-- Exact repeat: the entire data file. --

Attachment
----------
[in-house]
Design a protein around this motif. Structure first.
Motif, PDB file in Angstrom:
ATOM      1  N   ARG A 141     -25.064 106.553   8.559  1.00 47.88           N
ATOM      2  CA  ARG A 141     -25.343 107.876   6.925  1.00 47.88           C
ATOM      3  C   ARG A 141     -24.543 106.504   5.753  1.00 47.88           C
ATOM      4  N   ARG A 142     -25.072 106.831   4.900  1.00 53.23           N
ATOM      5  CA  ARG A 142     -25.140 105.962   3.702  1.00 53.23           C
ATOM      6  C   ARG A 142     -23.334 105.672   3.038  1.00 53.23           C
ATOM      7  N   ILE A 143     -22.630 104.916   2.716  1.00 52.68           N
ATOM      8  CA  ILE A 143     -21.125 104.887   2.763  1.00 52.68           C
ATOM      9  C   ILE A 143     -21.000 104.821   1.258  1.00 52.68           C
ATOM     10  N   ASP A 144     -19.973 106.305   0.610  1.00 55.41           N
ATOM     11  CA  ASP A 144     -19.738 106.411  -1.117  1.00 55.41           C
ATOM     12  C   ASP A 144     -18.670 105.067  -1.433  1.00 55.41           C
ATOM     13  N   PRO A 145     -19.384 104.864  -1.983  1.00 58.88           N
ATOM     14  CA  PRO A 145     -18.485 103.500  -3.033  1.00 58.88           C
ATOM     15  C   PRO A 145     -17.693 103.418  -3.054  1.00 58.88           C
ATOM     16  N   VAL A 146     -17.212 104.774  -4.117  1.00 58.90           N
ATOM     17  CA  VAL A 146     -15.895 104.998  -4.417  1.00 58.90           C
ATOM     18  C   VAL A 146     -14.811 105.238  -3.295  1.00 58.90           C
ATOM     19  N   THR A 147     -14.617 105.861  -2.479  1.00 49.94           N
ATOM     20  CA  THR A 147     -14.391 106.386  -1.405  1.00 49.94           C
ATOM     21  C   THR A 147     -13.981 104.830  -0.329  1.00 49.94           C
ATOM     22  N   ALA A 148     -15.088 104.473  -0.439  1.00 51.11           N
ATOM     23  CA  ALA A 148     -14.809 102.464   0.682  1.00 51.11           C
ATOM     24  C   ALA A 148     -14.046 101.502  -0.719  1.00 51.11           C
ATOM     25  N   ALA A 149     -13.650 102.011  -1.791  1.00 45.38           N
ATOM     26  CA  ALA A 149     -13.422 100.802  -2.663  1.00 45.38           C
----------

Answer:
[in-house]
Design a protein around this motif. Structure first.
Motif, PDB file in Angstrom:
ATOM      1  N   ARG A 141     -25.064 106.553   8.559  1.00 47.88           N
ATOM      2  CA  ARG A 141     -25.343 107.876   6.925  1.00 47.88           C
ATOM      3  C   ARG A 141     -24.543 106.504   5.753  1.00 47.88           C
ATOM      4  N   ARG A 142     -25.072 106.831   4.900  1.00 53.23           N
ATOM      5  CA  ARG A 142     -25.140 105.962   3.702  1.00 53.23           C
ATOM      6  C   ARG A 142     -23.334 105.672   3.038  1.00 53.23           C
ATOM      7  N   ILE A 143     -22.630 104.916   2.716  1.00 52.68           N
ATOM      8  CA  ILE A 143     -21.125 104.887   2.763  1.00 52.68           C
ATOM      9  C   ILE A 143     -21.000 104.821   1.258  1.00 52.68           C
ATOM     10  N   ASP A 144     -19.973 106.305   0.610  1.00 55.41           N
ATOM     11  CA  ASP A 144     -19.738 106.411  -1.117  1.00 55.41           C
ATOM     12  C   ASP A 144     -18.670 105.067  -1.433  1.00 55.41           C
ATOM     13  N   PRO A 145     -19.384 104.864  -1.983  1.00 58.88           N
ATOM     14  CA  PRO A 145     -18.485 103.500  -3.033  1.00 58.88           C
ATOM     15  C   PRO A 145     -17.693 103.418  -3.054  1.00 58.88           C
ATOM     16  N   VAL A 146     -17.212 104.774  -4.117  1.00 58.90           N
ATOM     17  CA  VAL A 146     -15.895 104.998  -4.417  1.00 58.90           C
ATOM     18  C   VAL A 146     -14.811 105.238  -3.295  1.00 58.90           C
ATOM     19  N   THR A 147     -14.617 105.861  -2.479  1.00 49.94           N
ATOM     20  CA  THR A 147     -14.391 106.386  -1.405  1.00 49.94           C
ATOM     21  C   THR A 147     -13.981 104.830  -0.329  1.00 49.94           C
ATOM     22  N   ALA A 148     -15.088 104.473  -0.439  1.00 51.11           N
ATOM     23  CA  ALA A 148     -14.809 102.464   0.682  1.00 51.11           C
ATOM     24  C   ALA A 148     -14.046 101.502  -0.719  1.00 51.11           C
ATOM     25  N   ALA A 149     -13.650 102.011  -1.791  1.00 45.38           N
ATOM     26  CA  ALA A 149     -13.422 100.802  -2.663  1.00 45.38           C